Computational Design Process: Reflections from the Now Constructed UNO Baxter Arena
This past October, the University of Nebraska Omaha (UNO) Mavericks won their season opener hockey game at the recently opened Baxter Arena. The arena, designed by HDR and located in Omaha, Nebraska’s Aksarben Village, has the capacity to seat 7,898 fans.
Almost four years ago today, HDR started the design process for the UNO Community Facility. In 2012, President Barack Obama was just re-elected, the housing crisis was finally over, 3-D printers were showing up on desktops, and self-driving cars with automatic stopping and parallel parking were becoming a hot topic.
Four years from concept to construction is still relatively quick in the AEC industry, considering most projects tend to go on hold once the concept is developed, waiting for funding or acquisition of land. In comparison, the entire social media revolution was created and populated with billions of users in four years from 2008 through 2012. To say the AEC industry is slow to adapt would be a bit of an understatement. We all know the industry is slow, but when a project takes four plus years to design and construct, the tools we are using have either already changed, or don’t even exist anymore.
Quickly adapting to new tools and custom workflows is pivotal to overcoming this difference between the time it takes to build a building and the speed of technology. The days of creating standard workflows that apply to projects without change are all but gone. Today’s teams need to be prepared to “cherry-pick” from past and current work-in-progress workflows that most effectively solve the problem at hand.
Back in 2012 Nate Miller, formerly of CASE, now with Proving Ground, helped HDR build custom tools and workflows for the UNO Facility project. In 2013, Nate and I produced a white paper about our process and presented at the University of Southern California BIM Symposium. Now that the UNO Community Arena is fully constructed and open to the public, it is time to reopen our white paper and see what we can “cherry-pick.” The computational design tools applied to the UNO Community Facility fall into three categories: concept design, daylight analysis, and facade workflow.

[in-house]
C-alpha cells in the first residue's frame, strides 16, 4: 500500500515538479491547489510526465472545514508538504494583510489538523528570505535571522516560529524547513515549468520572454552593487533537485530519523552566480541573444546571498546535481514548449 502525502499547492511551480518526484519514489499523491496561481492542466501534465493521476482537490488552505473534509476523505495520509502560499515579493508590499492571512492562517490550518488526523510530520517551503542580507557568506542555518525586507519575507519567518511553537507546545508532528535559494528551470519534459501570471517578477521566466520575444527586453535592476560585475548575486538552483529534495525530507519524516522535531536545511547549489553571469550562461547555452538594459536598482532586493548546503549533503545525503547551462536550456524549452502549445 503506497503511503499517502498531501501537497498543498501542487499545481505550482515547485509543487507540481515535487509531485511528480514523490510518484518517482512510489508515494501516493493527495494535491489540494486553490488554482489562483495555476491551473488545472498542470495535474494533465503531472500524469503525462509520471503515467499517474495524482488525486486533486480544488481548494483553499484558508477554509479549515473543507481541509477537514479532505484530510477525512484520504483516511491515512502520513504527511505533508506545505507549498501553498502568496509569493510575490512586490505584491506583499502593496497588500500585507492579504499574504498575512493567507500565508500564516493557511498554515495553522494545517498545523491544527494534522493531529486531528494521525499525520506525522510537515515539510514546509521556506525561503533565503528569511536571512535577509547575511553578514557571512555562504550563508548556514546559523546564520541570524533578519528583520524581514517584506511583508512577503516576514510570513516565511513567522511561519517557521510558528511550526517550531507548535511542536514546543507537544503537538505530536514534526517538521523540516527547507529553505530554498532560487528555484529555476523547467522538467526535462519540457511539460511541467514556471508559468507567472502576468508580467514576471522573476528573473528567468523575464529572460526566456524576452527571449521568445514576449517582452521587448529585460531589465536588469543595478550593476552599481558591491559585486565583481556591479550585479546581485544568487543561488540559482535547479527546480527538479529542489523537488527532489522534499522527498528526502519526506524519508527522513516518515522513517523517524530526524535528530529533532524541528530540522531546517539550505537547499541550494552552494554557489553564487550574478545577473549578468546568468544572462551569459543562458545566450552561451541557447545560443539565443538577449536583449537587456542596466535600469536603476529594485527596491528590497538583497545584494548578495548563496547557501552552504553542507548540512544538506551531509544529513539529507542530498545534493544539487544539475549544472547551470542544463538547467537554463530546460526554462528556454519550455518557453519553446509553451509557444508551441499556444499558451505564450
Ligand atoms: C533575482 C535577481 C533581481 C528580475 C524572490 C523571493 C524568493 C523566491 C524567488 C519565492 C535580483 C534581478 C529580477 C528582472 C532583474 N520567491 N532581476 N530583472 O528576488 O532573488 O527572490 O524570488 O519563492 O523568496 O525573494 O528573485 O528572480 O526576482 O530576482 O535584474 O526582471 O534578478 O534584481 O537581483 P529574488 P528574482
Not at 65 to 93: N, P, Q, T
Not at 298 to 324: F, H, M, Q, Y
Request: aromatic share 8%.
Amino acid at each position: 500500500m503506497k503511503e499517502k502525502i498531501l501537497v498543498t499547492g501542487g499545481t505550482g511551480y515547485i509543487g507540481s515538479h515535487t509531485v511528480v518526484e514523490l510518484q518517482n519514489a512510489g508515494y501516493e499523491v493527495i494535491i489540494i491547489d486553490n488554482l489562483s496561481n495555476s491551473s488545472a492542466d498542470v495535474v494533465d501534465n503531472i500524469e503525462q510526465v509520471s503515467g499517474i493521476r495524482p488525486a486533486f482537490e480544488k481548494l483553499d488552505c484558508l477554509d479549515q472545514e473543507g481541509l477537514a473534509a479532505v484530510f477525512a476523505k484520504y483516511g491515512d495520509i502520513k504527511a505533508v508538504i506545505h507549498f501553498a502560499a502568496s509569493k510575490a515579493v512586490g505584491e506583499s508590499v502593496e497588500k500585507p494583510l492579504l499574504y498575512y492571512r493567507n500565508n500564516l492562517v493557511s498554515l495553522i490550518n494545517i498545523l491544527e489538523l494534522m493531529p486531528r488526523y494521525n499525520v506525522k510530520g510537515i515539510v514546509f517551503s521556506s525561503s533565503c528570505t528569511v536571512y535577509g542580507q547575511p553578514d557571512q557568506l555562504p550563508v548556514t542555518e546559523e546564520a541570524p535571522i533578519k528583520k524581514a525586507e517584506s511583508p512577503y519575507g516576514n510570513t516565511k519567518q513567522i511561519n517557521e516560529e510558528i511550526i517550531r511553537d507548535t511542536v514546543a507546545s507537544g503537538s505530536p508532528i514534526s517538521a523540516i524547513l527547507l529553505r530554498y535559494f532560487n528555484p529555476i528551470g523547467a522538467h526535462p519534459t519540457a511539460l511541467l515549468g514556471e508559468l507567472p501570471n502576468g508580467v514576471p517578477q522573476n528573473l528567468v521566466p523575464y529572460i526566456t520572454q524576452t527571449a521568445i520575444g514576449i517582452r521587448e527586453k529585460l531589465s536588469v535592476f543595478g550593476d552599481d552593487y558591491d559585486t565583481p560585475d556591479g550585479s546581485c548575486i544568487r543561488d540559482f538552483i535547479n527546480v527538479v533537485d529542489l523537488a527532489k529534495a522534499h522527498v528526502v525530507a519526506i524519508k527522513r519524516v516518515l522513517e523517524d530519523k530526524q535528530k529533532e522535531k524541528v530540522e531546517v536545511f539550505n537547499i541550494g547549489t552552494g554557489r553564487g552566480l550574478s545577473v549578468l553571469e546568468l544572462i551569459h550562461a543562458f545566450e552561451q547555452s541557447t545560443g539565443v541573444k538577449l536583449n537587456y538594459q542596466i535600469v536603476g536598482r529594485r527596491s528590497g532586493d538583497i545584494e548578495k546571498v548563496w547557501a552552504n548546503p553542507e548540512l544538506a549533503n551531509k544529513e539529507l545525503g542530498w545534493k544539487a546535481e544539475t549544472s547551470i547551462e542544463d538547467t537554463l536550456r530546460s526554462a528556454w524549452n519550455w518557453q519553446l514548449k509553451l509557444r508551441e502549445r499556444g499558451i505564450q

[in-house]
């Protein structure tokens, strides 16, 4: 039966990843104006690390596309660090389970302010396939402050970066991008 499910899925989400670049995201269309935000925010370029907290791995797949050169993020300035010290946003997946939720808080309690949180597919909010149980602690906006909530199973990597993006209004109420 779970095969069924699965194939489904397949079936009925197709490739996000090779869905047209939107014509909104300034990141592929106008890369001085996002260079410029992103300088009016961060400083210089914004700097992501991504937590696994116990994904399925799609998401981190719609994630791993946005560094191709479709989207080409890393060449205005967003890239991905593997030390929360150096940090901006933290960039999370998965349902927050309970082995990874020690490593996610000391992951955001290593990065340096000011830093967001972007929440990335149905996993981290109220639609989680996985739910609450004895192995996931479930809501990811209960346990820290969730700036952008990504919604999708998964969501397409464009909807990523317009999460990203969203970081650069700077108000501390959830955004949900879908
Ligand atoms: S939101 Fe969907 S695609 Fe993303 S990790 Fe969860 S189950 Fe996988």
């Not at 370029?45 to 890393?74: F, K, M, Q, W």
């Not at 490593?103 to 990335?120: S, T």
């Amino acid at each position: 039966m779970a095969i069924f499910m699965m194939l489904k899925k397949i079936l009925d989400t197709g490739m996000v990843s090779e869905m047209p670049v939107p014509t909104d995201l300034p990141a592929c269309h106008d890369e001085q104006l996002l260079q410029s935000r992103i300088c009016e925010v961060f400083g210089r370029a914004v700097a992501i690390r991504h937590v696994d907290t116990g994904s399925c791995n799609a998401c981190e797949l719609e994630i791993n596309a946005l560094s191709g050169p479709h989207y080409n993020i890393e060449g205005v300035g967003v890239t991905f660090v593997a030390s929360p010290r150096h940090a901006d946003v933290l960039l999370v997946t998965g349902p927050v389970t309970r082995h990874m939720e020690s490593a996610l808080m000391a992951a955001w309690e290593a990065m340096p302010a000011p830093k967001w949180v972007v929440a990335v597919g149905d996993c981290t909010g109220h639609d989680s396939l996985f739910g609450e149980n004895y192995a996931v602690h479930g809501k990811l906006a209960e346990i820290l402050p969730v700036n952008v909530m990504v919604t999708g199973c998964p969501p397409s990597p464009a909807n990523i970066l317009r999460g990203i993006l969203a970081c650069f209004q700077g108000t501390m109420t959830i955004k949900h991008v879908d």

One of the successful ways computational design was implemented during the concept phase was by developing parametric ‘throw-away’ models. We developed an iterative process of creating concept sketches and then building on-the-fly parametric models. Perhaps similar to building a CAD drawing from a sketch to test scale and viability, but the parametric model allowed the team to flex the model, test options, and go back to sketching. One of the biggest misconceptions is that computational design replaces the process of sketching. Some projects have the ability to be either repetitive or driven by certain parameters. For example, the typology of an arena dictates the overall height and shape of the seating bowl. In the end, flexing the location of the community ice provided many different options both from programming adjacencies and externally as one approaches the facility.
The process of creating a parametric ‘throw-away’ model is something computational designers at HDR do frequently, whether it’s testing a program on the site or dynamically flexing the design. Throughout this last year our Practice Innovation team has created a content library for computational design so that anyone at HDR can access what has previously been done. This library lends itself to the process of ‘throw-away’ models where you can figure out what has been done and see if you can reuse it or use it as a starting point for your next project.